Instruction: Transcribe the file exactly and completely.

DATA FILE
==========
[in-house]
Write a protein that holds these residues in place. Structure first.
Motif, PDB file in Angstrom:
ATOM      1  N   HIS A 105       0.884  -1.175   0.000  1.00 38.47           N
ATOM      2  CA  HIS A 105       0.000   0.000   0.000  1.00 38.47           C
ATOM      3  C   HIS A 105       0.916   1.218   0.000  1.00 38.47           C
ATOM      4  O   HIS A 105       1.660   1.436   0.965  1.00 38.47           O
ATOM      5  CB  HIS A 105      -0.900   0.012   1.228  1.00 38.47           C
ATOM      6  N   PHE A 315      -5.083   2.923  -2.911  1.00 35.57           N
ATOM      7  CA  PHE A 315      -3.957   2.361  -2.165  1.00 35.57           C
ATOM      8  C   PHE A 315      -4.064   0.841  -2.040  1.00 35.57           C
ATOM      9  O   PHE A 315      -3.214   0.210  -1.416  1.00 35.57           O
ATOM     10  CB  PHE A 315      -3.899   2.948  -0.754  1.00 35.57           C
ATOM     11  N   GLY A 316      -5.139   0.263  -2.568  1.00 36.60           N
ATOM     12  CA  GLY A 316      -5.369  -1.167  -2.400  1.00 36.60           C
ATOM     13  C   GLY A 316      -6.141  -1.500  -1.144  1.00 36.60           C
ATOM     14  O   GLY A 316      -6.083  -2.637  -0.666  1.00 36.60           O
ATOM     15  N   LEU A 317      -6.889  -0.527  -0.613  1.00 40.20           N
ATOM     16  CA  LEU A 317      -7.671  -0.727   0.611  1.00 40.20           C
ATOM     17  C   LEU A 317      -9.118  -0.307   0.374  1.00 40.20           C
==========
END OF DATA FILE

[in-house]
Write a protein that holds these residues in place. Structure first.
Motif, PDB file in Angstrom:
ATOM      1  N   HIS A 105       0.884  -1.175   0.000  1.00 38.47           N
ATOM      2  CA  HIS A 105       0.000   0.000   0.000  1.00 38.47           C
ATOM      3  C   HIS A 105       0.916   1.218   0.000  1.00 38.47           C
ATOM      4  O   HIS A 105       1.660   1.436   0.965  1.00 38.47           O
ATOM      5  CB  HIS A 105      -0.900   0.012   1.228  1.00 38.47           C
ATOM      6  N   PHE A 315      -5.083   2.923  -2.911  1.00 35.57           N
ATOM      7  CA  PHE A 315      -3.957   2.361  -2.165  1.00 35.57           C
ATOM      8  C   PHE A 315      -4.064   0.841  -2.040  1.00 35.57           C
ATOM      9  O   PHE A 315      -3.214   0.210  -1.416  1.00 35.57           O
ATOM     10  CB  PHE A 315      -3.899   2.948  -0.754  1.00 35.57           C
ATOM     11  N   GLY A 316      -5.139   0.263  -2.568  1.00 36.60           N
ATOM     12  CA  GLY A 316      -5.369  -1.167  -2.400  1.00 36.60           C
ATOM     13  C   GLY A 316      -6.141  -1.500  -1.144  1.00 36.60           C
ATOM     14  O   GLY A 316      -6.083  -2.637  -0.666  1.00 36.60           O
ATOM     15  N   LEU A 317      -6.889  -0.527  -0.613  1.00 40.20           N
ATOM     16  CA  LEU A 317      -7.671  -0.727   0.611  1.00 40.20           C
ATOM     17  C   LEU A 317      -9.118  -0.307   0.374  1.00 40.20           C